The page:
Not as excited as DosPassos, who recently stocked Bend’s other Haggen store at 61155 S. Highway 97 with three cases each of Outdoor Vino Wanderlust White, Outdoor Vino Rambling Red, Outdoor Vino Picnic Table Pink, Fling Riesling, Naked Cabernet, Merlot and Pinot Gris.

The excitement is apparently spreading. Naked Winery sales manager Carrie Coffin reports that the Haggen Northwest store in Eugene just stocked four cases each of Naked Foreplay, Naked Pinot Gris and Naked Pinot Noir.

We love the support because, for you wine-loving fans of Naked Winery, it means our wines are never far from your glass.

Returning summer escort Aspen Braniff loves water with her wine

Aspen Braniff appreciates the chemistry of wine, but likes the taste more.
Aspen Braniff appreciates the chemistry of wine, but likes the taste more.

Tasting room escorts are trained to understand and accurately represent all the wines produced by Naked Winery.

If, however, you stroll up to the bar at the Hood River tasting room and ask for a personal testimonial, you’re likely to get a different answer every time.

As with every other server, Aspen Braniff has her favorites.

“I prefer reds, and my favorite is the Oh! Tempranillo,” says returning host.

“But when I’m not feeling like spending more than maybe I can afford at the moment, I like the Climax (red blend).”

Braniff, born and reared in Hood River, has one more year to secure her chemistry major from the University of Oregon.

Although an understanding of chemistry is critical to the wine-making craft, Aspen says her knowledge doesn’t factor much into helping guests appreciate the difference between a Vixen Syrah or a Sure Thing Symphony.

“It may help if someone wants to know about acidity,” she says.

As she did in while working at the tasting room in 2014, she is bunking with her parents and two sisters while she greets guests with a desire to get Naked.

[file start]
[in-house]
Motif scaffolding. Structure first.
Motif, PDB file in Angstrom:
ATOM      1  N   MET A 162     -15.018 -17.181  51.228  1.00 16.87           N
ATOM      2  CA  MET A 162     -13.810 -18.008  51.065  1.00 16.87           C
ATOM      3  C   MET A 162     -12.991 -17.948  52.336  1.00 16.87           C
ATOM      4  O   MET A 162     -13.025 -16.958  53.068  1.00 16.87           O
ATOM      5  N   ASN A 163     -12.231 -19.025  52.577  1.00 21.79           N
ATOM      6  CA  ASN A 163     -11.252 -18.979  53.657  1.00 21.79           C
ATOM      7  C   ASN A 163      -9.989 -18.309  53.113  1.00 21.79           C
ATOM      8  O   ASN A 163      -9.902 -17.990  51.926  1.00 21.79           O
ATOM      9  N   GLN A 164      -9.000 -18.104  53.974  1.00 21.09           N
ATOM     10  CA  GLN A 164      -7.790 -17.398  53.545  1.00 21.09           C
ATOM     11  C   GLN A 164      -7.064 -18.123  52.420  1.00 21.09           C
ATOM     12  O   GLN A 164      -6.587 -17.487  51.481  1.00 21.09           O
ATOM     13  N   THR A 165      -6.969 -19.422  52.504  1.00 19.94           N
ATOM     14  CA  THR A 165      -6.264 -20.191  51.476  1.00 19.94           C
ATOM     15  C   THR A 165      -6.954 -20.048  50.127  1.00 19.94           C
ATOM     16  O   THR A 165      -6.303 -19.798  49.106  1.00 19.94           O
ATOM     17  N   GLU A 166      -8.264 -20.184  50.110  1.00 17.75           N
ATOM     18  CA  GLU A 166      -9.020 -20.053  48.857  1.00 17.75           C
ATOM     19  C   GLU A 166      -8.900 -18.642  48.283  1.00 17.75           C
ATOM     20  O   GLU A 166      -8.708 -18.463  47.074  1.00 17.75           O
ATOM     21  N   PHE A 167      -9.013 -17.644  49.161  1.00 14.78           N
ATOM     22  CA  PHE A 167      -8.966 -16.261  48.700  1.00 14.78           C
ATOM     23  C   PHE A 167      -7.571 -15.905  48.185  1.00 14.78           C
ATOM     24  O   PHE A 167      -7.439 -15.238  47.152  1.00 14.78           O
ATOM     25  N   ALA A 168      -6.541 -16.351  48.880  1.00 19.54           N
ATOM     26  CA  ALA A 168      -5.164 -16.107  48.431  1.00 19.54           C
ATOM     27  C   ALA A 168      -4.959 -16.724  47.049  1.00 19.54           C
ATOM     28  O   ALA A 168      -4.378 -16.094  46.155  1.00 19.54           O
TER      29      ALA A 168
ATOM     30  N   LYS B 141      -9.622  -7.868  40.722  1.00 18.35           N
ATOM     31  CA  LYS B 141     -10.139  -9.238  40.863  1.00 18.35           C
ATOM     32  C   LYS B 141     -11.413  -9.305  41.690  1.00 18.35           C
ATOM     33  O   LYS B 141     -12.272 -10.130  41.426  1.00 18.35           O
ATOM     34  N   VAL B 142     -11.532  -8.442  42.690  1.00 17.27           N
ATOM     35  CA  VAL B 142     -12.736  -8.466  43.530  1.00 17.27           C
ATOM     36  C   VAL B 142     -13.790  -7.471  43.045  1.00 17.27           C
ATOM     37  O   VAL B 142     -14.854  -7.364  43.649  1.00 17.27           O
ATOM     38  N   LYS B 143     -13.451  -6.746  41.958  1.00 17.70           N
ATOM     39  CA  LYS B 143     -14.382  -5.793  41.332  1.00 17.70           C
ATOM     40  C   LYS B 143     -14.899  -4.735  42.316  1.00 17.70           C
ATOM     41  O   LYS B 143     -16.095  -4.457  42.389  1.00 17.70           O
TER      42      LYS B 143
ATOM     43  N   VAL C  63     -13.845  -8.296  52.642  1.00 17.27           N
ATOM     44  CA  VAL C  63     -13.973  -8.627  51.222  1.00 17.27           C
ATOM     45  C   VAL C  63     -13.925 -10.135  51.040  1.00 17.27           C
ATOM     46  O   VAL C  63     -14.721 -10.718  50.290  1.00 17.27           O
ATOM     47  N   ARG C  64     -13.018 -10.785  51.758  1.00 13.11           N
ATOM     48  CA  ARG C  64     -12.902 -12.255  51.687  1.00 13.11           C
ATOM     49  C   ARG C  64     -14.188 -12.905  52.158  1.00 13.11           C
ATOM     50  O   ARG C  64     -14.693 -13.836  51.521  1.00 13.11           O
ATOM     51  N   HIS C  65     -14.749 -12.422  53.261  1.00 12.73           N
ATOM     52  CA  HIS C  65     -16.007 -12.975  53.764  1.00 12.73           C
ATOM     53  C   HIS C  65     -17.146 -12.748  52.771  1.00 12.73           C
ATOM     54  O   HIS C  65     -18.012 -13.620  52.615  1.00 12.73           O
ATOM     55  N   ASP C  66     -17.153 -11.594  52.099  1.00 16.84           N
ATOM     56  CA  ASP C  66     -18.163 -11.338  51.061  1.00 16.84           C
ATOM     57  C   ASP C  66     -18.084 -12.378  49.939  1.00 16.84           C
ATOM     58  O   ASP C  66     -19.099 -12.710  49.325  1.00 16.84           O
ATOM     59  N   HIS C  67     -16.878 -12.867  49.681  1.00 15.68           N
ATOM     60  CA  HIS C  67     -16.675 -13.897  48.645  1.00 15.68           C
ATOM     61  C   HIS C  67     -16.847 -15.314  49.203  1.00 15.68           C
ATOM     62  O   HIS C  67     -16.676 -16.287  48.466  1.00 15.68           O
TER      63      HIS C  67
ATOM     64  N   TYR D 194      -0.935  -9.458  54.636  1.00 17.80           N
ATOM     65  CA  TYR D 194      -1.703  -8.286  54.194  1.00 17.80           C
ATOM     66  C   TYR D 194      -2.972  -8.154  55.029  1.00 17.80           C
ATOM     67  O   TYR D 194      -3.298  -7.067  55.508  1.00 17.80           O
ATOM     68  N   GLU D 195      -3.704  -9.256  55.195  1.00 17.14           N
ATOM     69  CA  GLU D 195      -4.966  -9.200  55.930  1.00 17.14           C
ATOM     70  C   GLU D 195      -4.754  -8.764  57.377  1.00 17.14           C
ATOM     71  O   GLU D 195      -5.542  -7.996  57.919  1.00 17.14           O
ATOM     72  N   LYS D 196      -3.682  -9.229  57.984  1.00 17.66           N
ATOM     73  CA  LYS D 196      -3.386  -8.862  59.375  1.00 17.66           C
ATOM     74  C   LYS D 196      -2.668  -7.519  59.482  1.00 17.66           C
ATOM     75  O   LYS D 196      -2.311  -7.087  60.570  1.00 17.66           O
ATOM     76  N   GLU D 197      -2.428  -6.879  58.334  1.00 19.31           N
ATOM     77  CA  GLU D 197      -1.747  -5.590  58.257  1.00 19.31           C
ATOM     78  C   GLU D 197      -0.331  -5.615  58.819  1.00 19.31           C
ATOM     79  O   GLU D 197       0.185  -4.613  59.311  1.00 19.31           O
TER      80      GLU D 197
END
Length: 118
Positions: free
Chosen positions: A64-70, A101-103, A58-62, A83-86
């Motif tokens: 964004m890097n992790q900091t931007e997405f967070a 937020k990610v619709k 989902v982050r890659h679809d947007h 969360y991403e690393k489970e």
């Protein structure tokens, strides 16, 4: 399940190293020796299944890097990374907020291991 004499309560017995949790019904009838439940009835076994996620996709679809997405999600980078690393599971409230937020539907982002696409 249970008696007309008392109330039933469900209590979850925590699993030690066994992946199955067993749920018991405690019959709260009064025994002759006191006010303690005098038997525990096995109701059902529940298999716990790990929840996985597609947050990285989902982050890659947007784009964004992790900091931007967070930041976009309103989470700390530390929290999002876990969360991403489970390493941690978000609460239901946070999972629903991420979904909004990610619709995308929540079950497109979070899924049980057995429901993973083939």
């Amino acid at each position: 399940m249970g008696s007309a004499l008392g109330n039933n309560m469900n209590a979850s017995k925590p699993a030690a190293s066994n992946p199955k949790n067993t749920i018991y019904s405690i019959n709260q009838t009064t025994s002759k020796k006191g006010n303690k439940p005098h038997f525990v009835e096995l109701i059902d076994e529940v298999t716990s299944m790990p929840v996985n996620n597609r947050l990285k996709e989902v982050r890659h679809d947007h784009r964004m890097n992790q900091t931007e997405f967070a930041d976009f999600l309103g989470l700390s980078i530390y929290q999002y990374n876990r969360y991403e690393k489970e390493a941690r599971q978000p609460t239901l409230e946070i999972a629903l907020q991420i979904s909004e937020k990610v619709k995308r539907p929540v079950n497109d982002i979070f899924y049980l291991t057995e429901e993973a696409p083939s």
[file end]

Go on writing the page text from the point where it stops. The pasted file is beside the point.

Beyond that? Who knows.

She admits the local economy doesn’t have a huge appetite for chemistry majors, so she imagines she will tip the test tubes somewhere else.

That place better have water. She says she likes hiking, and swimming — a lot.

“I prefer to be in the water 24/7,” she says.

People who know Hood River’s reputation as a wind sports capitol might infer that Aspen is a windsurfer or kiter. Nope.

Not yet, anyway. Depends on which way the wind blows her after graduation.

Until classes resume in September, it’s all about turning her love of water into wine.

Sip into our Penetration Cab or Tease Riesling to slip summer’s sizzle

Sun setting over the LesCollines vineyard near Walla Walla, source of half the juice in our 2013 Naked Penetration Cabernet Sauvignon.
Sun setting over the LesCollines vineyard near Walla Walla, source of half the juice in our 2013 Naked Penetration Cabernet Sauvignon.

We don’t know about you, but when summer heat hits, our tastebuds tilt toward chilled wines. Heat, as we all know, turns even the best red wine into a flabby vehicle for a cloud of alcohol. Not good.

Which is why some of our in-house tasters pause, look around to see who’s listening, then whisper the heresy that “I like my reds on the chilly side.”

PENETRATION-088_LRHey, whatever floats your cork. At Naked this muggy month of July, we’re turning the spotlight on two pours that will marry well with preferred summer fare.

When the chef fires up the grill for some stout steaks or juicy burgers, it’s time to crack a bottle of our 2013 Naked Penetration Cabernet Sauvignon.

Featuring a medley of wineyard contributions, the Naked Cab gets 50 percent of its flavor from the Les Collines vineyard in Walla Walla, 30 percent from Dan Gunkel’s vines in the Maryhill area on the Washington side of the Columbia River, and the final 20 percent from the vines of Scott Elder in The Dalles.

In the glass, you’ll find cherry and black currant notes contrasted with light tannins and soft oak from 16 months in new American and French barrels.

While we’re on the subject, let us suggest one way to give your BBQ guests a little psychic whiplash. Get some ballpark style franks — no brats from Whole Foods, puh-leeze — and scorch some grill marks on those pups, slather them in mustard and relish, and eat ’em up in some bad-bread buns.

Fresh from the smoker of one of Naked Winery's estimable BBQ network.
Fresh from the smoker of one of Naked Winery’s estimable BBQ network.

While sipping Naked cab from a Mason jar. How’s that for haute dawg meets vino primo?Tease111

Built on fruit from the Bridgeview vineyard of southern Oregon, our 2013 Tease Riesling is the perfect hot-weather pairing for grilled halibut, asparagus and carrots.

With melon and peach notes balanced by Riesling ‘s classic citrus acidity, our Tease will take your breath away and leave you grasping for another taste.

Don’t let our love of riesling distress your desire to undress. If you like hot (spicy) food on a hot day, to break the sweat out of lock-up, you may want to lean a bit toward the sweeter end of the spectrum, with our Outdoor Vino Sundress Sweet or Outdoor Vino Wanderlust White.

Bottom line? However  you like your summer served, Naked Winery has you made in the shade.